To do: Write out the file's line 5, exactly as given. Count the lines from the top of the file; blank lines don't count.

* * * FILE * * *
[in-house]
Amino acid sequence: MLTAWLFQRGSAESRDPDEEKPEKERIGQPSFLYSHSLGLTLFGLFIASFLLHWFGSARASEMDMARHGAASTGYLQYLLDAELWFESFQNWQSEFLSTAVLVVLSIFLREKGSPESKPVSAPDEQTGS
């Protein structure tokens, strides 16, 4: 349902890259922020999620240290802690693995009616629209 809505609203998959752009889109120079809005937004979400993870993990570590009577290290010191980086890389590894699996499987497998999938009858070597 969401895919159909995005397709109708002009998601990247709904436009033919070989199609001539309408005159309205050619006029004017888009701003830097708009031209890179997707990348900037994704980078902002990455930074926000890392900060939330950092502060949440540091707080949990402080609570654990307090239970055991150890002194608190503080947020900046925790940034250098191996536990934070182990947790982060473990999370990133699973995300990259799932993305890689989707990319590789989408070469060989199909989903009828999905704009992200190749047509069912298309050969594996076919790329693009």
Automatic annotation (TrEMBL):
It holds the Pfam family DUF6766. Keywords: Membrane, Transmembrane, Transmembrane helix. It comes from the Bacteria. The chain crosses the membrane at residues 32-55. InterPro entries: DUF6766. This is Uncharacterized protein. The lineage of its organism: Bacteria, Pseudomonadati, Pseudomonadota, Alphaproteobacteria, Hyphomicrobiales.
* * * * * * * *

It holds the Pfam family DUF6766. Keywords: Membrane, Transmembrane, Transmembrane helix. It comes from the Bacteria. The chain crosses the membrane at residues 32-55. InterPro entries: DUF6766. This is Uncharacterized protein. The lineage of its organism: Bacteria, Pseudomonadati, Pseudomonadota, Alphaproteobacteria, Hyphomicrobiales.